You're asking about the false positive rates of syphilis blood tests in primary syphilis. It's a biostatistics thing.
The AAFP has a good article on the "clinical dilemmas of syphilis."
The VDRL and RPR, respectively, are reactive in 78 percent and 86 percent of patients with primary syphilis. They become positive within approximately four to six weeks after infection or one to three weeks after the appearance of the primary lesion. Thus, these tests can be negative in early syphilis, when patients have lesions.
This means that a test could be incorrectly negative if:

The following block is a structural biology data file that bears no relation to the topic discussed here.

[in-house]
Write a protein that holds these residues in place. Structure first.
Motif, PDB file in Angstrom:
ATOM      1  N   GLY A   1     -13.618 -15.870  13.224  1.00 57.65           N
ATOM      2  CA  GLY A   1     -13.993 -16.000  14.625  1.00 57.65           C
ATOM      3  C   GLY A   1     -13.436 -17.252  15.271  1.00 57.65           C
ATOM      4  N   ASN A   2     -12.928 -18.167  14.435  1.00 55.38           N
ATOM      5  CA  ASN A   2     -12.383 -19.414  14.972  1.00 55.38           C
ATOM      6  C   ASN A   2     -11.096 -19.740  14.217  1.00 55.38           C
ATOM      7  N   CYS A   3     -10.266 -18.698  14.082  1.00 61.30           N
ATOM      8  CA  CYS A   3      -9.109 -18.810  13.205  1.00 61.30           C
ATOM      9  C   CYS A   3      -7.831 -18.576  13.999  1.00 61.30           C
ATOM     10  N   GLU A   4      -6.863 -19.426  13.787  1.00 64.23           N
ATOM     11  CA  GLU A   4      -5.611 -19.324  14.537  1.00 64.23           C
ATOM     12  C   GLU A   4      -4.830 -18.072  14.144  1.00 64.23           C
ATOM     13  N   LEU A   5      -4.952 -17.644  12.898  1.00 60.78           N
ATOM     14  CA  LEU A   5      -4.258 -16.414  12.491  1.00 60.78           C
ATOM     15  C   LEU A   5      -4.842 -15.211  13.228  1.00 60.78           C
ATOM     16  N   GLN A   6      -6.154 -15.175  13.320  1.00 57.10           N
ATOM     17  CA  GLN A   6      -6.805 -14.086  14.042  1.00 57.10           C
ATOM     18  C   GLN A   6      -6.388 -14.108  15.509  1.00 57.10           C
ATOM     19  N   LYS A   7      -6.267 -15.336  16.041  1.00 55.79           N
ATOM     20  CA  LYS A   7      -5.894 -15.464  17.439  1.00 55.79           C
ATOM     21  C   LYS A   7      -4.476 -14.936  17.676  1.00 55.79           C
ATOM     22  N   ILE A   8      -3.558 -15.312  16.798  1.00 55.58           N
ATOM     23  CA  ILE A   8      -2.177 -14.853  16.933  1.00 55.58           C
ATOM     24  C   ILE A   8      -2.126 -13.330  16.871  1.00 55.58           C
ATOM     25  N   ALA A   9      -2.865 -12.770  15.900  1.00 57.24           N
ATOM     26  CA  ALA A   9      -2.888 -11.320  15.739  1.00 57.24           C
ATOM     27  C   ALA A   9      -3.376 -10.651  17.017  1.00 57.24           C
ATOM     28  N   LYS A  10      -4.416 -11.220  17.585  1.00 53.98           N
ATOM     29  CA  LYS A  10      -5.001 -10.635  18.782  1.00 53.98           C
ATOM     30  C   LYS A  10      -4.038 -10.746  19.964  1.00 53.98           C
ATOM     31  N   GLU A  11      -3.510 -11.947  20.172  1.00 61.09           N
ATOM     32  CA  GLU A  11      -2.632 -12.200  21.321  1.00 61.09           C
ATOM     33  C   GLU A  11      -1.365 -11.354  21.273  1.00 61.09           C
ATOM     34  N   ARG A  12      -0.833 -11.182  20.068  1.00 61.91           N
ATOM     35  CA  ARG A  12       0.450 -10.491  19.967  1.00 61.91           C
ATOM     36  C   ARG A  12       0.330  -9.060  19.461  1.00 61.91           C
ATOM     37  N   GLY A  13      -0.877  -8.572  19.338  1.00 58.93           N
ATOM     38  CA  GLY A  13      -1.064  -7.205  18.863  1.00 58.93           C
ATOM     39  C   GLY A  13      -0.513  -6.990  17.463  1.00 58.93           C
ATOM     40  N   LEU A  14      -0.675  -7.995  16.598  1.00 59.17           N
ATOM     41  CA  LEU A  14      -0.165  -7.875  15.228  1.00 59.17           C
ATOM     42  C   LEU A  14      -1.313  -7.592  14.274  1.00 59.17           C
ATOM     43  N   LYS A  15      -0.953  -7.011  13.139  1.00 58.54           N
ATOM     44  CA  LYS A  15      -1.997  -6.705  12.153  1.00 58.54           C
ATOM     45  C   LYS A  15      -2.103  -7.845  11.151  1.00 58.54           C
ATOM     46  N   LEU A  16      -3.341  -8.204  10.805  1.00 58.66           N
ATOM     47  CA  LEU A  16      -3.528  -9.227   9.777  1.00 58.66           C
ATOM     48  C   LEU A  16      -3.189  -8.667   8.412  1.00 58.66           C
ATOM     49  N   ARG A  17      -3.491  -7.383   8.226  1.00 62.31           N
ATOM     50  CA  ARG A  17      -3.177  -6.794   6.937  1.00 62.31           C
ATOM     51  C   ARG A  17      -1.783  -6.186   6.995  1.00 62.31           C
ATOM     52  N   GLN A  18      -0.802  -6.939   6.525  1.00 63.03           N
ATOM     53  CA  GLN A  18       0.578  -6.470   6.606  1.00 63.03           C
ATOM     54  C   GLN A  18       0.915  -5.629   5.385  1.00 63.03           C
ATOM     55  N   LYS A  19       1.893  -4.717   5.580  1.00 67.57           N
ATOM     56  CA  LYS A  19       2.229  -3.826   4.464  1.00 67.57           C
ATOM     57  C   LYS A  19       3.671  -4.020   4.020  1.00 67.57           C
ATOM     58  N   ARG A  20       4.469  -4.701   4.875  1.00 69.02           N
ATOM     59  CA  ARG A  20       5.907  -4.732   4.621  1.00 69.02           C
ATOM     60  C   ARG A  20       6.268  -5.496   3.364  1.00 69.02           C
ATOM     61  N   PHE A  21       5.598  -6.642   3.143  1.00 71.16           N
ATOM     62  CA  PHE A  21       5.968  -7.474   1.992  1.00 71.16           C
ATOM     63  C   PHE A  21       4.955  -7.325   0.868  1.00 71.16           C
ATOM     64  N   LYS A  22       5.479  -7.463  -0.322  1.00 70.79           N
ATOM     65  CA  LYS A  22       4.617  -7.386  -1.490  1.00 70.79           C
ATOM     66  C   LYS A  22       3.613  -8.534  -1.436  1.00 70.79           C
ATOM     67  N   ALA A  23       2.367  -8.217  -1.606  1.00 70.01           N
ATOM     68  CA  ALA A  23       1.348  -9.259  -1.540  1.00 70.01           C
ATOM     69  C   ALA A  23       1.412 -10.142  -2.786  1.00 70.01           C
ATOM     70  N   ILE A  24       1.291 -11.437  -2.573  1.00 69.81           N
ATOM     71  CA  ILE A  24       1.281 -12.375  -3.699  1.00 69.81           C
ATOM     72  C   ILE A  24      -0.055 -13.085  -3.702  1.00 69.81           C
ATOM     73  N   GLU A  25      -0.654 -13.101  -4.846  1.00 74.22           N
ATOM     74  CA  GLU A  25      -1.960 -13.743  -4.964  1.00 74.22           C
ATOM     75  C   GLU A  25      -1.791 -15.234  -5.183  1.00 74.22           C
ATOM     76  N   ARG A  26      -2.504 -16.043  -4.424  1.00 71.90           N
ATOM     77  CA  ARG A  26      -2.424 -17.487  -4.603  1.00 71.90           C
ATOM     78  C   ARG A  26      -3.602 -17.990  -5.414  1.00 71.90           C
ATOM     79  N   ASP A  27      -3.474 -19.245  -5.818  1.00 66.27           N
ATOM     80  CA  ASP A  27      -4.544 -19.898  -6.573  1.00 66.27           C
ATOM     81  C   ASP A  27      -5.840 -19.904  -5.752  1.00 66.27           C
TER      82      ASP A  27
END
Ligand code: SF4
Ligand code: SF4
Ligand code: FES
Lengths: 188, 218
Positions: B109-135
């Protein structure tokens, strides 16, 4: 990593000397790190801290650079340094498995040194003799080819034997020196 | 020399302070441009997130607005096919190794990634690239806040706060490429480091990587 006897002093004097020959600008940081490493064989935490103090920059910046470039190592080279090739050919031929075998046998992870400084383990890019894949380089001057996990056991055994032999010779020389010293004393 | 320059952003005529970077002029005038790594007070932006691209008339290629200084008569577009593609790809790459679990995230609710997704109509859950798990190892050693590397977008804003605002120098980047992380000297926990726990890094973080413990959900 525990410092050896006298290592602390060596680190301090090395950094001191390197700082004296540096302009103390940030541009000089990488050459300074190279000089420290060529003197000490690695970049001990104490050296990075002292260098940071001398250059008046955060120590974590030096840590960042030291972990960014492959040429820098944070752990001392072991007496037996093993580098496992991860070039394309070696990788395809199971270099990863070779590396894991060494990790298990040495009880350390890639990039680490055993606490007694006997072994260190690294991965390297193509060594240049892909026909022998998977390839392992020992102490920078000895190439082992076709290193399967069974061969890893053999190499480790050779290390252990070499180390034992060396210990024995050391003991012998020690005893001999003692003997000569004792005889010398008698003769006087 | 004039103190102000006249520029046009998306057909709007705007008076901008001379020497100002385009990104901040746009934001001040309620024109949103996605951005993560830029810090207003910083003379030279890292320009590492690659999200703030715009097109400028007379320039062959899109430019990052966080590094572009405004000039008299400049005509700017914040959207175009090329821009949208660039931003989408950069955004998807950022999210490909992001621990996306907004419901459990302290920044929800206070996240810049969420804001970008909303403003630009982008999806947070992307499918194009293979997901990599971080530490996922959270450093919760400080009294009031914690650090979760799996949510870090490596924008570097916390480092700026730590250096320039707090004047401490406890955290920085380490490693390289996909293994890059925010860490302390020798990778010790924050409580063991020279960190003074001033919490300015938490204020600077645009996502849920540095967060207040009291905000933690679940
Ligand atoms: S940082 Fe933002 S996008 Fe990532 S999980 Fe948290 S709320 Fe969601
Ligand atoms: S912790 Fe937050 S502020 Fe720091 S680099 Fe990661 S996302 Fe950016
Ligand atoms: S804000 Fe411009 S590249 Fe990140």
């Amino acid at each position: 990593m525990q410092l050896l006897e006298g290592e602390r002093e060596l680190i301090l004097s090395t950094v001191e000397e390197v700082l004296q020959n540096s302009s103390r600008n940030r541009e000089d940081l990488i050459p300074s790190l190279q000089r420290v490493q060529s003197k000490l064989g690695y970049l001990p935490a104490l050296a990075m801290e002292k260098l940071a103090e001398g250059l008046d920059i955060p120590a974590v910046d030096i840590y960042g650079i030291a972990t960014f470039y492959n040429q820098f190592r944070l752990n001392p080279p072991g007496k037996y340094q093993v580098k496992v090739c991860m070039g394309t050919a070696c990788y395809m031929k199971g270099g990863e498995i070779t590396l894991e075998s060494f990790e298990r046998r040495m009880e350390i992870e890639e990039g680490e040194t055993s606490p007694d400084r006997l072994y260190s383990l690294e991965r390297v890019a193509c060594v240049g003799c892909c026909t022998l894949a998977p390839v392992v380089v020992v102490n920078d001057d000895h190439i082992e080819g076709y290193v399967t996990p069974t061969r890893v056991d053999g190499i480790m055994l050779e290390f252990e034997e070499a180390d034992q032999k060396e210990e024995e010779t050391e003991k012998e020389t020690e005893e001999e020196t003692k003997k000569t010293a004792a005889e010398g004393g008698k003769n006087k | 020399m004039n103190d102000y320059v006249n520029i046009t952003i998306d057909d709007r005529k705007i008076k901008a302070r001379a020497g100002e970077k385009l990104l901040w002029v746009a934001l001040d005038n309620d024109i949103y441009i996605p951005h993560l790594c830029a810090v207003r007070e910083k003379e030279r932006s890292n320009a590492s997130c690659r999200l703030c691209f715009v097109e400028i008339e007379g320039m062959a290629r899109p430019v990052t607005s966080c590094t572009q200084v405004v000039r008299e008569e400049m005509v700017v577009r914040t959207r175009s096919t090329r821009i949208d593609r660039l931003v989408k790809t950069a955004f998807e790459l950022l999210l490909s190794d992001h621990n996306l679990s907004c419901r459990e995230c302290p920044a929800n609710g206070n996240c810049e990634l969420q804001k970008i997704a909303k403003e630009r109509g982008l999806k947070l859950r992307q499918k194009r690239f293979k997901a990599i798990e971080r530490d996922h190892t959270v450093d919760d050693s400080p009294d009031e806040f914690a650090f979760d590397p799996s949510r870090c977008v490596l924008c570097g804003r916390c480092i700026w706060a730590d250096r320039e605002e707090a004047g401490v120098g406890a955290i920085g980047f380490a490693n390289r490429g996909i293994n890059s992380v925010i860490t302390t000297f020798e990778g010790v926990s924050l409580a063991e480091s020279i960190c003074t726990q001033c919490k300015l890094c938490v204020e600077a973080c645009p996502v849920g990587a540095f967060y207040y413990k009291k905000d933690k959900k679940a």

The person is not in the 78% (VDRL) or 86% (RPR) of people with the disease that the test is able to identify correctly
The test is done before the body has made enough antibodies for the test to detect them yet
FTA-ABS is often used as a confirmatory test after a positive VDRL or RPR. Sensitivity is 84% in primary syphilis and nearly 100% in later stages. Its specificity is 96%.
Usually clinicians start with a screening test like RPR, then if it's positive, follow up with a confirmatory test.
Ideally screening tests should be highly sensitive (rule out); confirmatory tests should be highly specific (rule in).
With something like syphilis, often a chancre is treated as syphilis even with a negative test in case it's a false negative, due to the serious transmission and complications possible from untreated syphilis.